The Vatican responded to Trump Wednesday, calling his remarks “strange,” and basically saying he shouldn’t lecture the pope about immigration. The Vatican spokesman said the pope routinely makes similar comments to European leaders, which “Trump would know if he came to Europe.”
On Thursday, Trump promised to protect Christianity as president.
“I am proud to be a Christian and as president I will not allow Christianity to be attacked and weakened unlike what is happening now with our current president,” the statement said.
Trump’s social media director, Dan Scavino, also lashed out at Francis on Twitter, posting a map of the Vatican and writing:
Amazing comments from the Pope- considering Vatican City is 100% surrounded by massive walls. pic.twitter.com/g3iVLDVGe5
— Dan Scavino🇺🇸🦅 (@DanScavino) February 18, 2016
Scavino’s argument mirrors a similar refrain from a right-wing Italian political party that also points to the Vatican’s walls whenever the pope calls on Europe to be more welcoming to migrants.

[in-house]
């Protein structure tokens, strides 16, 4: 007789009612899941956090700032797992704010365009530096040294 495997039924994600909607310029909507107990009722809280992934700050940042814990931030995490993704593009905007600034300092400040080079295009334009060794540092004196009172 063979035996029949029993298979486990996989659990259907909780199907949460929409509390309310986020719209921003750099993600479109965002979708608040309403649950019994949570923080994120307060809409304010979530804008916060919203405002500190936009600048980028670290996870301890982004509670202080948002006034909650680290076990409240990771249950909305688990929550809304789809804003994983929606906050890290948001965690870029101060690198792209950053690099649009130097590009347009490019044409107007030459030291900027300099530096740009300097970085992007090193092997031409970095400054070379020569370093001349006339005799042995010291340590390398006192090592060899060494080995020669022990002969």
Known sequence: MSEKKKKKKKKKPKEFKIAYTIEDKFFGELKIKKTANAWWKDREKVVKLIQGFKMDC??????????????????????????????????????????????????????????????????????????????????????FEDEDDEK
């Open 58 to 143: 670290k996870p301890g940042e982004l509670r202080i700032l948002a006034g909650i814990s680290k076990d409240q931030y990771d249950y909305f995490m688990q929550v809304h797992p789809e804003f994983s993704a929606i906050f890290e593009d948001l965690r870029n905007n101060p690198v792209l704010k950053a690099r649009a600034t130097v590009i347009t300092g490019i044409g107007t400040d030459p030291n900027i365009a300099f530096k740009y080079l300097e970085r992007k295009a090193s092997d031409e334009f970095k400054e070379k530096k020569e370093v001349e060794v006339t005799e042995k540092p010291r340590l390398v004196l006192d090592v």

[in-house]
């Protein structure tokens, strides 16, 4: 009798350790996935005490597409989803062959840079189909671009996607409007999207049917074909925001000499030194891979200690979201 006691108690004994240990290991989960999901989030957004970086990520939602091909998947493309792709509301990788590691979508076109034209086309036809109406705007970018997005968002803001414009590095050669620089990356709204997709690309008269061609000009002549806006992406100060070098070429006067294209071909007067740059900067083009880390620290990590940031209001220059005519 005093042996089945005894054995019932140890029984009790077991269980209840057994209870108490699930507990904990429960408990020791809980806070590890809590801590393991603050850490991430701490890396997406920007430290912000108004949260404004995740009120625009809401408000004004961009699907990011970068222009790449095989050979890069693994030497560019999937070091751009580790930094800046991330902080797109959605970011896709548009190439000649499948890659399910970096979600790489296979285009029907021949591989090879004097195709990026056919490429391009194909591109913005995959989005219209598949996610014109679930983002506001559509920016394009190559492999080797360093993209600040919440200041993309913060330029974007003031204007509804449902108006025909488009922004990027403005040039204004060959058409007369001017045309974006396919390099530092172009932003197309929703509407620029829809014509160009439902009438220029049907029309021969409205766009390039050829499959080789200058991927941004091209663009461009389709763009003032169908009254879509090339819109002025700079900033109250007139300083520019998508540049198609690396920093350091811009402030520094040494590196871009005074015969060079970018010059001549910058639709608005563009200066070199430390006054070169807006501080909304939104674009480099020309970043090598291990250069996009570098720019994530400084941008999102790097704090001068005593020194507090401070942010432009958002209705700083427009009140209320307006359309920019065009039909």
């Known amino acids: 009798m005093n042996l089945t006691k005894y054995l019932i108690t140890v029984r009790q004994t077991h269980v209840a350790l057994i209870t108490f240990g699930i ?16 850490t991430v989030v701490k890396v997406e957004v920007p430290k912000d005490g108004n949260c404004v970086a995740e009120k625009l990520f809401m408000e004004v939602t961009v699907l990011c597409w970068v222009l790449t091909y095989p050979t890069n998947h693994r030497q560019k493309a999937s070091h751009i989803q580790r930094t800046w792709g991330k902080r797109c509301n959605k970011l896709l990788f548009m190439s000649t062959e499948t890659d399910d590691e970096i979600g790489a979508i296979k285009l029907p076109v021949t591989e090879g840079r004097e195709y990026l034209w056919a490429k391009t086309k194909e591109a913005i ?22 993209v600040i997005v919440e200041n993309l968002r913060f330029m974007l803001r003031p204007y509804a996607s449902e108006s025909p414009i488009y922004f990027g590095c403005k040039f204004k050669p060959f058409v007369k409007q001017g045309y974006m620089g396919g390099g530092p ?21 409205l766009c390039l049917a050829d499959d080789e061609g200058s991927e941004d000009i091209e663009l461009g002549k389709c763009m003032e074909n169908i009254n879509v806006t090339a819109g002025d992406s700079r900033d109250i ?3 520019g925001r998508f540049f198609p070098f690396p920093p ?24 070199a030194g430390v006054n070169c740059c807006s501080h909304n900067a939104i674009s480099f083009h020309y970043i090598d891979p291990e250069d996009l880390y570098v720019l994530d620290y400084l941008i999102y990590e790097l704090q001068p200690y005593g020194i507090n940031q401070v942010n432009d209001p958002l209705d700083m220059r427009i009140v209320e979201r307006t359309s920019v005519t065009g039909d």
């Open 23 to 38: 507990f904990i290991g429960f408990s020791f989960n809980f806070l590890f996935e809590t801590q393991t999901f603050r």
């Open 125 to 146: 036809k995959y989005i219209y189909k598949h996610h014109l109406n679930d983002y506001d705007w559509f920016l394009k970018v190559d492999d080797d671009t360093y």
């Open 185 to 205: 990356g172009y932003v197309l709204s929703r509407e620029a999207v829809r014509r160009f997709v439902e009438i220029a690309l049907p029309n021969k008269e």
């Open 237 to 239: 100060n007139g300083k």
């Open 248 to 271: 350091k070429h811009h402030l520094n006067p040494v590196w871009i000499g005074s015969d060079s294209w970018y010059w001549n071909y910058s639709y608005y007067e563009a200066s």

The president of Liberty University, Jerry Falwell, Jr., who has endorsed Trump, also slammed Francis.
“Jesus never intended to give instructions to political leaders on how to run a country,” he told CNN Thursday.
GOP candidate Jeb Bush, a Catholic, said he doesn’t question Donald Trump’s Christianity nor anyone else’s, “because I honestly believe that’s a relationship you have with your creator.”
But he did object to the pope’s contention that securing the US border with Mexico by a wall is “not Christian.” He told in Columbia, SC: “I support walls and fencing where it’s appropriate,” along with other forms of border security measures such as drone aircraft monitoring.
As far as Francis’ weighing in on a political debate, Bush repeated what he said in June before the Pope issued his encyclical on climate change: “I think it’s okay to get my guidance as a Catholic from the pope. But certainly not economic policy or environmental policy.”
Another GOP hopeful, Marco Rubio, defended the right of the United States to set its immigration policy, but he refrained from commenting explicitly on what the pope had to say about Trump.